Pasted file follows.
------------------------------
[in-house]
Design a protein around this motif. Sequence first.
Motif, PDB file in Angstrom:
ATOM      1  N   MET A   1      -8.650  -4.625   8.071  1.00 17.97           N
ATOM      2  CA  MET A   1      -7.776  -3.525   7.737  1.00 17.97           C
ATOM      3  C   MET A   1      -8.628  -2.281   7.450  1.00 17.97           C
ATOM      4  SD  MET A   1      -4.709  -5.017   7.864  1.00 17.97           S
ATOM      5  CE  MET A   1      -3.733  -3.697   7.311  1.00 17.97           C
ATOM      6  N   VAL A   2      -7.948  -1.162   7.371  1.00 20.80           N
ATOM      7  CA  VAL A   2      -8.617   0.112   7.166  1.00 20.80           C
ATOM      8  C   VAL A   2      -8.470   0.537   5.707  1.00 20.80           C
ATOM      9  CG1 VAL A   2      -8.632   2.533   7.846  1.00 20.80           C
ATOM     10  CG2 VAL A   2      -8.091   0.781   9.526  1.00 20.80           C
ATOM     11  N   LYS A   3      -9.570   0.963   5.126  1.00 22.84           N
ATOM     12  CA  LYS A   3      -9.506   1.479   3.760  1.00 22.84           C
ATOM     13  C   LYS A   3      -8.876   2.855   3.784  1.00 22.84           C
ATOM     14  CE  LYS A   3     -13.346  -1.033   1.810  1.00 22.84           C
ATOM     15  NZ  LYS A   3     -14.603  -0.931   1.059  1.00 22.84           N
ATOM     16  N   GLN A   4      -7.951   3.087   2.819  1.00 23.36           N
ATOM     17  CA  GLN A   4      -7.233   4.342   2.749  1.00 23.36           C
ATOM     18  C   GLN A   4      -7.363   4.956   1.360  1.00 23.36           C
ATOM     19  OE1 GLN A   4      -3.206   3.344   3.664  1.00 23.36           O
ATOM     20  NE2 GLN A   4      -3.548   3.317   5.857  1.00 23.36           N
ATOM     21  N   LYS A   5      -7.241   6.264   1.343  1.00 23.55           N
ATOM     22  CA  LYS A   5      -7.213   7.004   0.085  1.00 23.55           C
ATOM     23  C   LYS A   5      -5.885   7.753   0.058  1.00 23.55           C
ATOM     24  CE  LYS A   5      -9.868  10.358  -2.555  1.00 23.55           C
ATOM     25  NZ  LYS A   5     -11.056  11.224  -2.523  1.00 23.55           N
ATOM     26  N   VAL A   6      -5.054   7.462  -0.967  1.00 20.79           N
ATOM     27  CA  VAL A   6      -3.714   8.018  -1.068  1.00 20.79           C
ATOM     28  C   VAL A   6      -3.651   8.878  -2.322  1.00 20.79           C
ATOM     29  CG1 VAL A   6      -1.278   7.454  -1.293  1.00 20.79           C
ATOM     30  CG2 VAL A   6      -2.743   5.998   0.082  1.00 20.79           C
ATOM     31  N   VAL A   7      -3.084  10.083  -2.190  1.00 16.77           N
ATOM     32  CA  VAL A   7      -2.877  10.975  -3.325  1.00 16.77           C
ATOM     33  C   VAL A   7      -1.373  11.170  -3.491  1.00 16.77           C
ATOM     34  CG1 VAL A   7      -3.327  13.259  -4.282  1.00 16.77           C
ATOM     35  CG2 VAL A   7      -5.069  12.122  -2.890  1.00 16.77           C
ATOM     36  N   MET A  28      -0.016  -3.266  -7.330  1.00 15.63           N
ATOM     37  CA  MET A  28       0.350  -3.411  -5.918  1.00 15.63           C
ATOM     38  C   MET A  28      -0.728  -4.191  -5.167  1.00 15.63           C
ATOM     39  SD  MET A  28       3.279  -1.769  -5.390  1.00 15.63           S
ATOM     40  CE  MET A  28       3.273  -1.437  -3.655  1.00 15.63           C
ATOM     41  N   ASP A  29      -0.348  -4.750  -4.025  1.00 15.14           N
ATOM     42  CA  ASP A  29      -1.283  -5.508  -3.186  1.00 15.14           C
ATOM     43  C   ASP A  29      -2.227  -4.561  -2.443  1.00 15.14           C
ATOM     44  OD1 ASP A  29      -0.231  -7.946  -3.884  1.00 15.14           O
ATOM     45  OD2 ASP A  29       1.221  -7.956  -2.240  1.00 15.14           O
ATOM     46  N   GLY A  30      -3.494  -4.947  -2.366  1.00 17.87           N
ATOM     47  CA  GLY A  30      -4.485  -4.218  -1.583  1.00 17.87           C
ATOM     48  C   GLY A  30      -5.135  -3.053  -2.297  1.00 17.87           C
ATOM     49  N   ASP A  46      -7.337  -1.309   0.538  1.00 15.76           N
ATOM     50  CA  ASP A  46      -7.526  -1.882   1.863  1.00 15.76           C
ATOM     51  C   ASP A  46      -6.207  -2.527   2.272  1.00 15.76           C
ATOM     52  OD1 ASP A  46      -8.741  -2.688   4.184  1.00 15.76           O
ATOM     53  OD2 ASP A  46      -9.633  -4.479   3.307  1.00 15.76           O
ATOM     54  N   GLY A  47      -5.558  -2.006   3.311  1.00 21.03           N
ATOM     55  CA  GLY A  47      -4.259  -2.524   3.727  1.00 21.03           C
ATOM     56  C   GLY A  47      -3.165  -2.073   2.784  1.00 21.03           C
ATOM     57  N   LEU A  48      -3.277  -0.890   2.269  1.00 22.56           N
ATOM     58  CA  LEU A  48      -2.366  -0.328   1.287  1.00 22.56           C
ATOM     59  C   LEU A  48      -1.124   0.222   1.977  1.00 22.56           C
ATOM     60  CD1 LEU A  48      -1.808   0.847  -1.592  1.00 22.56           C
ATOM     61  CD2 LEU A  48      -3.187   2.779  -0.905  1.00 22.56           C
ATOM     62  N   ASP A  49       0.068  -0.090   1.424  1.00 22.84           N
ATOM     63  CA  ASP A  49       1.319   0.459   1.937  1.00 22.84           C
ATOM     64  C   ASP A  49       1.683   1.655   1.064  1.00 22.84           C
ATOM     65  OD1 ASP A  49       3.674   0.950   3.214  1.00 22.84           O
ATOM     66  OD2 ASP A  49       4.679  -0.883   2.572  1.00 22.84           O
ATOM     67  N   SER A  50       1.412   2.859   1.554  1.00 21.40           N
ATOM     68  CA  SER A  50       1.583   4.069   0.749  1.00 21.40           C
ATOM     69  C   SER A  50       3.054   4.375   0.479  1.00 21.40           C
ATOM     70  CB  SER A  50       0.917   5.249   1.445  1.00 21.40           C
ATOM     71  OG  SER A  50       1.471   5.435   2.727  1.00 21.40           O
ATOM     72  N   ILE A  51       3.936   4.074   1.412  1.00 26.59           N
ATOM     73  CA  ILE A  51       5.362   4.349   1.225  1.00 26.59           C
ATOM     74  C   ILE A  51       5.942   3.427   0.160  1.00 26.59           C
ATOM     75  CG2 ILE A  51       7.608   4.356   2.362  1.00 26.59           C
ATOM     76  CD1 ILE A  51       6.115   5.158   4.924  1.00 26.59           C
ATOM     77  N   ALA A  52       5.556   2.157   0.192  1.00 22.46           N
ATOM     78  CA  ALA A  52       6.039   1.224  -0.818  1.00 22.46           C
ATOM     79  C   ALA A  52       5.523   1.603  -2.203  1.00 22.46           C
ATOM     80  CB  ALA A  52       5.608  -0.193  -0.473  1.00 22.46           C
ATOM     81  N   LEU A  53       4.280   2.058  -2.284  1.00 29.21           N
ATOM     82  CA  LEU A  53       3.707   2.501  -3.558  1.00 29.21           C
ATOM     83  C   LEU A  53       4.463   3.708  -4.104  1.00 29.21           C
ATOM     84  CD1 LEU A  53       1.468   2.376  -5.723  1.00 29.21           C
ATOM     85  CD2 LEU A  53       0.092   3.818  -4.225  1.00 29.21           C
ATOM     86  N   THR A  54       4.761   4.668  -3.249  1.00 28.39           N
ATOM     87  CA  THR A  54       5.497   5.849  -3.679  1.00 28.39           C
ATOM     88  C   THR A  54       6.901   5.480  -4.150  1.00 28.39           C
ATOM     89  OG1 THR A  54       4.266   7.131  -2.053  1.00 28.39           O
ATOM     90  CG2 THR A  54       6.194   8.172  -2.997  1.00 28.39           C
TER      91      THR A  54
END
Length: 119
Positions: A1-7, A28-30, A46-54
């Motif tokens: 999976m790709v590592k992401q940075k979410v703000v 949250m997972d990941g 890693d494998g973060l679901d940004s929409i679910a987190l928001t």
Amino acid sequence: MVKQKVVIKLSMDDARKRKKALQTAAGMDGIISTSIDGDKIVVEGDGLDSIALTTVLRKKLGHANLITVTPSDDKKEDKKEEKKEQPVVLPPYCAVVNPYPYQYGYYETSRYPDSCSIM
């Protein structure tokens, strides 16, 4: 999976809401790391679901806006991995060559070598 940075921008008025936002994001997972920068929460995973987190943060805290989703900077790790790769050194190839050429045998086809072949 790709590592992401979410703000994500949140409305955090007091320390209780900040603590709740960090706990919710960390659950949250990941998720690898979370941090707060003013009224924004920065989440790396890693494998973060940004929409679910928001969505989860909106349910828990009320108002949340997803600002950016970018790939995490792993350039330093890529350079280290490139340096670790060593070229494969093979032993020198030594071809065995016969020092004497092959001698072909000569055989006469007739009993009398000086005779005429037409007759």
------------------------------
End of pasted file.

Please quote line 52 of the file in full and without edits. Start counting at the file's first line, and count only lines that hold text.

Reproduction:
ATOM     49  N   ASP A  46      -7.337  -1.309   0.538  1.00 15.76           N